Science is trying to explain how the universe is made. The beginning of the universe explains the Big Bang theory. But what happened before Big Bang? Science cannot go before that. So, does this mean that always there be space for religion and philosophy to explain things that science cannot?
closed as unclear what you're asking by Swami Vishwananda, Joseph Weissman♦ May 4 '14 at 15:21
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Science is a method. The scientific method gives us tools to hypothesize and theorize models to fit what we currently observe about our universe. Science is not an absolute truth; our body of scientific knowledge is a collection of the best models we currently have. Many models are extremely strong, some are works in progress, and some are just starting to develop. We don't yet have models to fit absolutely everything that we observe, and there are also many things that we have not yet observed, could never observe directly, or have not yet even contemplated. We are inside of a complex system, doing our best to make models that explain the system.
Physics is the primary tool that we use to explore models for the mechanics of the universe. We use our current theoretical models of the universe and extrapolate backwards in order to hypothesize what came before what we currently observe.
The strongest theory I have ever read for the initial inciting force is the necessity for the existence of an "unmoved mover" (also called "prime mover").
It is philosophy that illuminated the unmoved mover. I would recommend reading about it. I will try to find a better link that Wikipedia, but it is a great start.
Nothing from astrophysicists that I have read has presented a convincing-enough argument for what comes before the Big Bang. Many refer to a singularity, but the force that initiated the expansion of the universe has not been successfully modeled.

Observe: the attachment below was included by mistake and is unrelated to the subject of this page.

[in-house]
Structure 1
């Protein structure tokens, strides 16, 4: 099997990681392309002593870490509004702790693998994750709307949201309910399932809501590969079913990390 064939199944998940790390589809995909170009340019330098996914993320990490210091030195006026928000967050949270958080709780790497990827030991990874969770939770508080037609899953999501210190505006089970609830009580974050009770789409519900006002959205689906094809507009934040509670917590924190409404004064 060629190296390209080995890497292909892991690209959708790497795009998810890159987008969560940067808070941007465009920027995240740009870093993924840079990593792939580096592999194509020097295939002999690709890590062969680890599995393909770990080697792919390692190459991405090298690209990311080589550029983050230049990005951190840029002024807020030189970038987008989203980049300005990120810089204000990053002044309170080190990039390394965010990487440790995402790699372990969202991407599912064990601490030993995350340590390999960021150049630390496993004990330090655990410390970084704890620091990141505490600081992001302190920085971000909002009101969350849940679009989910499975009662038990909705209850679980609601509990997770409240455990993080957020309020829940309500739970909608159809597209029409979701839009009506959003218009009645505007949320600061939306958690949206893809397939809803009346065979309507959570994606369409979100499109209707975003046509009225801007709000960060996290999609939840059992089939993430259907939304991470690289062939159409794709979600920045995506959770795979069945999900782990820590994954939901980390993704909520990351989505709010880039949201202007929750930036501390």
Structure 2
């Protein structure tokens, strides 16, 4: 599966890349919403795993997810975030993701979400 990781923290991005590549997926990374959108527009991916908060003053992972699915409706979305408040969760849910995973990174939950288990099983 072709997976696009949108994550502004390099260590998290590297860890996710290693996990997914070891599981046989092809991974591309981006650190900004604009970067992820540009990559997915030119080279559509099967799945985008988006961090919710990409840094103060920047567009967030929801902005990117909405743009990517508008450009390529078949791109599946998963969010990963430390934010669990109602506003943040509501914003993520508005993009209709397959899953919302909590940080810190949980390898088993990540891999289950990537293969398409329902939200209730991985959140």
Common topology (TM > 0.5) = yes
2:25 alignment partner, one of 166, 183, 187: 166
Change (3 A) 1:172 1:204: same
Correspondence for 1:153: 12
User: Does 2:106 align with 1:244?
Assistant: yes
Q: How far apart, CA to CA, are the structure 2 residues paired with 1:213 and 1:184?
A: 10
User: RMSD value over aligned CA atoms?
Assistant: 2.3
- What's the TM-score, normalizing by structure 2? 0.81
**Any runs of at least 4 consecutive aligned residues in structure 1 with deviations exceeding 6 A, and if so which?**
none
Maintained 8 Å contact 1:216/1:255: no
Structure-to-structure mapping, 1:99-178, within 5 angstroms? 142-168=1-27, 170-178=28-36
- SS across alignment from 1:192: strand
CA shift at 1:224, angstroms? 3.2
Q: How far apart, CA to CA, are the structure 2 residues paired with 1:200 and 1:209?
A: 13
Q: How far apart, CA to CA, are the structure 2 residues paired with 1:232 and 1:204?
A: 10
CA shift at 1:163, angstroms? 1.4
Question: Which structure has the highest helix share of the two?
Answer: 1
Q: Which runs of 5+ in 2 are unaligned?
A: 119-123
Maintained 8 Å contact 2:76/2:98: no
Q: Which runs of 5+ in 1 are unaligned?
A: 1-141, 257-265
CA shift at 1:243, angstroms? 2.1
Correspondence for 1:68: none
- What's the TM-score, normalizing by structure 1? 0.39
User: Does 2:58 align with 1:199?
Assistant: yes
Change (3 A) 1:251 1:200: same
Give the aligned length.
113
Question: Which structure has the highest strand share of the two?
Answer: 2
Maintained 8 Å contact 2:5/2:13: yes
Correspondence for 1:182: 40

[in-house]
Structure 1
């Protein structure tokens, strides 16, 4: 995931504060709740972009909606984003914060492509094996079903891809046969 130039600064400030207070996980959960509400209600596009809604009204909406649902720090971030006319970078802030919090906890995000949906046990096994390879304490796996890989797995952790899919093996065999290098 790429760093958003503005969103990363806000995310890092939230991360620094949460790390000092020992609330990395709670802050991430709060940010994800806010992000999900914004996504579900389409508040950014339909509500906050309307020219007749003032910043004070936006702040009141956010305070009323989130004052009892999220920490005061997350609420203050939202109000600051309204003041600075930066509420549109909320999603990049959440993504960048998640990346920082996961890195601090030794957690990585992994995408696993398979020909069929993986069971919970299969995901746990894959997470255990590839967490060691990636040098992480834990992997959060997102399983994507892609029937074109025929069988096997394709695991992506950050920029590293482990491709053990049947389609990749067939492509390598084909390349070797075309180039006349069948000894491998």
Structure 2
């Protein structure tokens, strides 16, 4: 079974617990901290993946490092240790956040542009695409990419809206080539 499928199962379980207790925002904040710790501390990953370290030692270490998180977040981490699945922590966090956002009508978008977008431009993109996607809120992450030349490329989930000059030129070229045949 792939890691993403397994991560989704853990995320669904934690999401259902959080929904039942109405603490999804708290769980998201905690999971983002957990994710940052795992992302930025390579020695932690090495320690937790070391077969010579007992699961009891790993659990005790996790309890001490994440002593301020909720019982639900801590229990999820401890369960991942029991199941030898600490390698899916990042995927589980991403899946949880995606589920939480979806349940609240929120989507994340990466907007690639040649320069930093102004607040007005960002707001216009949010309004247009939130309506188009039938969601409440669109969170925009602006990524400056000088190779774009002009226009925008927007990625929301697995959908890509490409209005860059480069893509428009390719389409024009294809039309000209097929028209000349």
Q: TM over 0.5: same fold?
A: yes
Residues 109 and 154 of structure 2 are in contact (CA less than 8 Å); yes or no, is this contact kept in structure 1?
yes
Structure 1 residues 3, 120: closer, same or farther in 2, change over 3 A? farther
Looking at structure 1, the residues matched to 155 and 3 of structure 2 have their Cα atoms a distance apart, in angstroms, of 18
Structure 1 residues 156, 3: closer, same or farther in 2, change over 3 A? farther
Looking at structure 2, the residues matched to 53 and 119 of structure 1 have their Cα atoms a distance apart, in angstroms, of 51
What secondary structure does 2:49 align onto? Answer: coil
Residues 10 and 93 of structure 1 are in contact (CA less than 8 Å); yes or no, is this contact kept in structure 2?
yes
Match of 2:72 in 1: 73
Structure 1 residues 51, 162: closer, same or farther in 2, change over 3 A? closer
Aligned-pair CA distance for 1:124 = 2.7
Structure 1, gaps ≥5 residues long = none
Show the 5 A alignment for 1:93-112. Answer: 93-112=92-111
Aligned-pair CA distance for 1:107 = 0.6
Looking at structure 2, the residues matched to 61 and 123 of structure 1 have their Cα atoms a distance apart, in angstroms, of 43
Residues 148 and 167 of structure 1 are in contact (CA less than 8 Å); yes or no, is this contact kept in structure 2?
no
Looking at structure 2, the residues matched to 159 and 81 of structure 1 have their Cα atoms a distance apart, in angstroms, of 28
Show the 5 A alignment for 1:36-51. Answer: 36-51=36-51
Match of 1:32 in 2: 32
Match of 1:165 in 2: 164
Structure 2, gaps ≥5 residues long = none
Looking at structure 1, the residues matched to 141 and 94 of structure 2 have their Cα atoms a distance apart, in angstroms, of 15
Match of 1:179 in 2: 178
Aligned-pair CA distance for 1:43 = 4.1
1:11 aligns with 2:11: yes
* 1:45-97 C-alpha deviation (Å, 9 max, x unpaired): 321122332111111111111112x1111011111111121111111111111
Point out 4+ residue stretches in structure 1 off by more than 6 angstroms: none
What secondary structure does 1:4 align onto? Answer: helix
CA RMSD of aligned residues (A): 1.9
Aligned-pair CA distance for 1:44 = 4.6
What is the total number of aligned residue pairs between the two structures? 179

This suggests that it is indeed philosophy that so far has been capable of going beyond the current scientific models proposed. (I consider religion as being an aspect of philosophy.)
There are various proposed scenarios for the very early universe, most of which differ radically from one another.
A discussion of some of them can be found in the Wikipedia entry on the Chronology of the Universe:
All ideas concerning the very early universe (cosmogony) are speculative. No accelerator experiments have yet probed energies of sufficient magnitude to provide any experimental insight into the behavior of matter at the energy levels that prevailed during this period. Proposed scenarios differ radically.... Some of these are mutually compatible, while others are not.
Science has limits. We use tools developed inside of a complex system to try to measure and model the system itself. It is likely impossible that we, as component parts of the system, could ever build a cohesive scientific model to accurately define the entire system. Science can only expand by extrapolating from our current models and rulesets. Philosophy is a different type of tool which can explore many things that the scientific method cannot. As such, it is essential.
Lastly, philosophy has throughout history originated a good percentage of the concepts that science has explored and tested to construct these models.